Period Style Hardware

Period Style & Antique or Vintage Hardware

Archive for the ‘Mission’ Category

Antique and Victorian Style Door Hinges

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When you hear the word ‘Victorian’ in relation to anything architectural or decorative chances are you mine immediately creates the image of something very elaborate or elaborately decorated.  The Victorian era was filled with people trying to constantly outdo each other when it came to buildings and decorating your home, resulting in flourishes and carving and embellishments on everything possible.  Items that were previously only made very simply, like door hinges and door knobs, were soon exhibiting much more intricate designs.  While some items received more attention to detail than others, particularly larger furniture pieces, it was obvious that attention was being paid to every item now instead of just a select few.

Ball Tip Hinge

Ball Tip Hinge

Door hinges were always something that was seen as nothing more than a functional necessity in homes, and no one ever really thought to add any sort of design element to them.  Fortunately someone soon realized how much of an improvement a little detail could make in a home and started decorating every piece of hardware, particularly door hinges.

Steeple Tip Hinge

Steeple Tip Hinge

The trick of the hinges is that the designs that were so carefully carved and embossed on them could only be seen when the doors are open, which leads people to have a more open and inviting home.  The more decorative hinges someone has in their home, the friendly and more generous they were thought to be.

Antique Brass East Lake Hinge

Antique Brass East Lake Hinge

Show your friends and loved ones how friendly and generous you are by switching out your plain door hinges with these more elaborate Victorian ones.  They add a touch of elegance to even the most modestly decorated home, and blend in with any decorating style.  They are available in several different finishes, making them easy to match with any current hardware you have in your home.  As always, we include any mounting hardware you will need to ensure that these match your home perfectly.

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Craftsman Mail Slots

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     If you have ever seen a Craftsman style home you can appreciate all of the hard work and thought that goes into decorating them and making sure that every last detail is perfect.  One of these details that is often overlooked on other styles of homes is the mail slot.  While these usually aren’t installed as functional pieces any more, they still add a special touch that makes the front door seem a little more finished and inviting as opposed to being a solid piece that can often seem cold and uninviting.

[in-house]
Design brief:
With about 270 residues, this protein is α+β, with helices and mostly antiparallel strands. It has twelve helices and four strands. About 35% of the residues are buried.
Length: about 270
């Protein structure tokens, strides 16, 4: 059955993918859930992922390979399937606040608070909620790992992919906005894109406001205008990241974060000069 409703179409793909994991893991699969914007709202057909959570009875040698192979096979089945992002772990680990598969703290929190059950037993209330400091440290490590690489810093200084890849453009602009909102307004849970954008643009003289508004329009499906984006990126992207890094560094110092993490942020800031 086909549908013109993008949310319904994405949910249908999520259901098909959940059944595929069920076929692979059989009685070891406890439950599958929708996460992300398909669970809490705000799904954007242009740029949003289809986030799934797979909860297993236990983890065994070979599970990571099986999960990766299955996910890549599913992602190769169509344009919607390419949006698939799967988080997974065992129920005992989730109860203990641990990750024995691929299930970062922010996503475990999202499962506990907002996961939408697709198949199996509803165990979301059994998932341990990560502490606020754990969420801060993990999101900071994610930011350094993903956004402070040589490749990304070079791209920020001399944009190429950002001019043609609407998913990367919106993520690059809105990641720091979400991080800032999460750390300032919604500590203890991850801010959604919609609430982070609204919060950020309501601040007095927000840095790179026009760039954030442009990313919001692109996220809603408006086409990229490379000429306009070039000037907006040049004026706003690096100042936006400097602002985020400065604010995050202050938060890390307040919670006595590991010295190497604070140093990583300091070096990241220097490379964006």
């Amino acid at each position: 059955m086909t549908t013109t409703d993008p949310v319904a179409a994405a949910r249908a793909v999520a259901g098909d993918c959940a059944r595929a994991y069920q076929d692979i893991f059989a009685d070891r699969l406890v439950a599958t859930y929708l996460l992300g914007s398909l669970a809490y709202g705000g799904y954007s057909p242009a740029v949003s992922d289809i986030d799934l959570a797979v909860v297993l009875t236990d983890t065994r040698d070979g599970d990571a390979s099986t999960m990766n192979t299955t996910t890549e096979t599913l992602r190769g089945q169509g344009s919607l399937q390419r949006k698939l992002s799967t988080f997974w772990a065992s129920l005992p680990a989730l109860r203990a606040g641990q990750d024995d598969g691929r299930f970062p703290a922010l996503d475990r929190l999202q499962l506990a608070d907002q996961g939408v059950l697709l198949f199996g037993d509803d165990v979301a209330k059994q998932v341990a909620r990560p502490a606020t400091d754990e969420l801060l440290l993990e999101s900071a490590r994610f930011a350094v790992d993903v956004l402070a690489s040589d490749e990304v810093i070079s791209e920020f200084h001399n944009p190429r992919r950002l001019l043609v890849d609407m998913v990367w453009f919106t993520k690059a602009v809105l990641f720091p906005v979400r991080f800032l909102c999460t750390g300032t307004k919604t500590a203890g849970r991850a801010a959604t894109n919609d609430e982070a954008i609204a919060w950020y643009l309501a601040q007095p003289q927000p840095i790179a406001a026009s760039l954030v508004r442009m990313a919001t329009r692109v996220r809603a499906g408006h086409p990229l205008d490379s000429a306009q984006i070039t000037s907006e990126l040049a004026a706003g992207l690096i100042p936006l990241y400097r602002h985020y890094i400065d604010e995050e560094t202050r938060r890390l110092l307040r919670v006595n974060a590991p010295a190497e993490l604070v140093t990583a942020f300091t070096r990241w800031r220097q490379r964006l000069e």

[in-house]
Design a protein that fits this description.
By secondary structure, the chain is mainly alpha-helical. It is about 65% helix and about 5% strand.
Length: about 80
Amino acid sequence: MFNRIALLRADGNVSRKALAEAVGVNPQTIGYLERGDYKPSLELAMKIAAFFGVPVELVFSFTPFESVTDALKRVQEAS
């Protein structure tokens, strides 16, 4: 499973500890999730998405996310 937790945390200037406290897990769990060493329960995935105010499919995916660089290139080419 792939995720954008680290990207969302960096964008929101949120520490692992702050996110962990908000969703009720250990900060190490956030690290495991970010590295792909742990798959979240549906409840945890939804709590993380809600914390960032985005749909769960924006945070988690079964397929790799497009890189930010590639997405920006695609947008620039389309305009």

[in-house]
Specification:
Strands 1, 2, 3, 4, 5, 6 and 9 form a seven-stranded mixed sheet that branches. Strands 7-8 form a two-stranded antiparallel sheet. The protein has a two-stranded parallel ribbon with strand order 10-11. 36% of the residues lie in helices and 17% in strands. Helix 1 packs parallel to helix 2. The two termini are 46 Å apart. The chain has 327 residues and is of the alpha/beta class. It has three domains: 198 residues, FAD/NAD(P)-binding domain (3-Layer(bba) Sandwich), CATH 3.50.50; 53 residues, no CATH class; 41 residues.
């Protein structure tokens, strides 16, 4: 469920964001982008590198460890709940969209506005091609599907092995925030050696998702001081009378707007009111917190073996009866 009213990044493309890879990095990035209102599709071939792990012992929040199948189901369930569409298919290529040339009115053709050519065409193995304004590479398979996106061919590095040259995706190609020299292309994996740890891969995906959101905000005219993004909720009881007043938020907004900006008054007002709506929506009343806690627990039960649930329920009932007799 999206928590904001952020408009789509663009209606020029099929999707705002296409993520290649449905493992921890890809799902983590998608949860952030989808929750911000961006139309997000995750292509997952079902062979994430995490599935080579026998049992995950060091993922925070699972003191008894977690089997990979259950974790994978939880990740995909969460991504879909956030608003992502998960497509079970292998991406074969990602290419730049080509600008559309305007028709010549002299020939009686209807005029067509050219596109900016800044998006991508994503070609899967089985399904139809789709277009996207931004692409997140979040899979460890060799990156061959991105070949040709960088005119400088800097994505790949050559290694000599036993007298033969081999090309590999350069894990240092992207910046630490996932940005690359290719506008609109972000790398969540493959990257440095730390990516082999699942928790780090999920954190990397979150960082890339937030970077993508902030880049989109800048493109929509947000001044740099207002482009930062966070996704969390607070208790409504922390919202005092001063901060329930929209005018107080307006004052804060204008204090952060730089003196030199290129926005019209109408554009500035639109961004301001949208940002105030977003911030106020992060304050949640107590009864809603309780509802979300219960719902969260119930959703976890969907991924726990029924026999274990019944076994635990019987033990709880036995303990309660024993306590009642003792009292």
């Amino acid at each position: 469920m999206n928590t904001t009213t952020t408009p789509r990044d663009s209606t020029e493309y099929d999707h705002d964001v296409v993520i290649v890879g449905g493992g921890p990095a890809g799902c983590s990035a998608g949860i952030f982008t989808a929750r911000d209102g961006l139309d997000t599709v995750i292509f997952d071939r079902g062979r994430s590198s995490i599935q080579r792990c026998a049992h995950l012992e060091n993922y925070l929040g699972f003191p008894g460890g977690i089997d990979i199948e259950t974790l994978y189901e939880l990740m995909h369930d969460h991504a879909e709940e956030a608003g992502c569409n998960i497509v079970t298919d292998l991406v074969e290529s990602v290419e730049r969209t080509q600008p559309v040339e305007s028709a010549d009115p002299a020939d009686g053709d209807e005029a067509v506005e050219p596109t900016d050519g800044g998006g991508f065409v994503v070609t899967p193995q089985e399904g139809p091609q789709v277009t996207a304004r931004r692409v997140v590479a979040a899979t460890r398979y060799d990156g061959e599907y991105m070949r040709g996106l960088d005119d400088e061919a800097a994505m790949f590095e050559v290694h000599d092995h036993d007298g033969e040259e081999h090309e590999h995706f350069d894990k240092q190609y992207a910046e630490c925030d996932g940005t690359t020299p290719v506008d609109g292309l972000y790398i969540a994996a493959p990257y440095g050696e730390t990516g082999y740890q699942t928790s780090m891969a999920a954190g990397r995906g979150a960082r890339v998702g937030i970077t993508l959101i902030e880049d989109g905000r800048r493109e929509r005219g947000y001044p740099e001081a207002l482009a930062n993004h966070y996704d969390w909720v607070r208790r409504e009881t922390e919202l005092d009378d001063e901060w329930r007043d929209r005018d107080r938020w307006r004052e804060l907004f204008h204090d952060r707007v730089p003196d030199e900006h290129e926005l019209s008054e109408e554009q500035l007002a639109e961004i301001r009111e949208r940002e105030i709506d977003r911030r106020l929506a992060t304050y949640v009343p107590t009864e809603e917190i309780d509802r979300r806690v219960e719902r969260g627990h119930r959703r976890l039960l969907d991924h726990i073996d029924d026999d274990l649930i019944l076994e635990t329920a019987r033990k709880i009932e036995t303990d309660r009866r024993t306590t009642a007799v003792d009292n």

The oil-rubbed bronze variety of finish is most popular for a craftsman style decor.

 

     The Craftsman style does not have an intricately decorated feel to it.  Instead, the focus is on how various pieces are created, and using materials and craftsman that are local rather than using a mass-marketed piece.  The simple four square cutout design found in each corner adds just enough detail to make the piece distinguishable from any mass produced items.  Since they are hand forged and decorated it is almost expected that each piece be slightly different than the next with no two exactly alike.  The ability to let these flaws occur and appreciate them rather than turn your nose up at them sets the Craftsman style apart from many other different architectural styles.  Some of the homes that utilize these mail slots actually do have them installed as functional pieces. This craftsman/mission style mail slot is perfect for craftmen or mission style homes. The simple design lends itself to this style which focused on the quality of hand craftsmanship over perfection in design.

 

     These pieces are available in the oil rubbed bronze, antique brass and polished brass and come in two different sizes.  It is important that you measure your current mail slot before ordering to ensure that you get the right size piece for your door.  Oil rubbed bronze is the most popular choice when it comes to hardware and decorating a Craftsman style house, and really makes a huge statement that the polished brass cannot.  All necessary mounting hardware is included in the purchase of these pieces.

Written by antiqueswriter

August 29, 2011 at 8:29 am

Mission Revival and Craftsman Drawer Pulls

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     The Mission Revival Style was an architectural movement that began in the late 19th century for a colonial style’s revivalism and reinterpretation, which drew inspiration from the late 18th and early 19th century Spanish missions in California.  The  movement enjoyed its greatest popularity between 1890 and 1915, through numerous residential, commercial, and institutional structures, particularly with schools and railroad depots, that used this easily recognizable architectural style.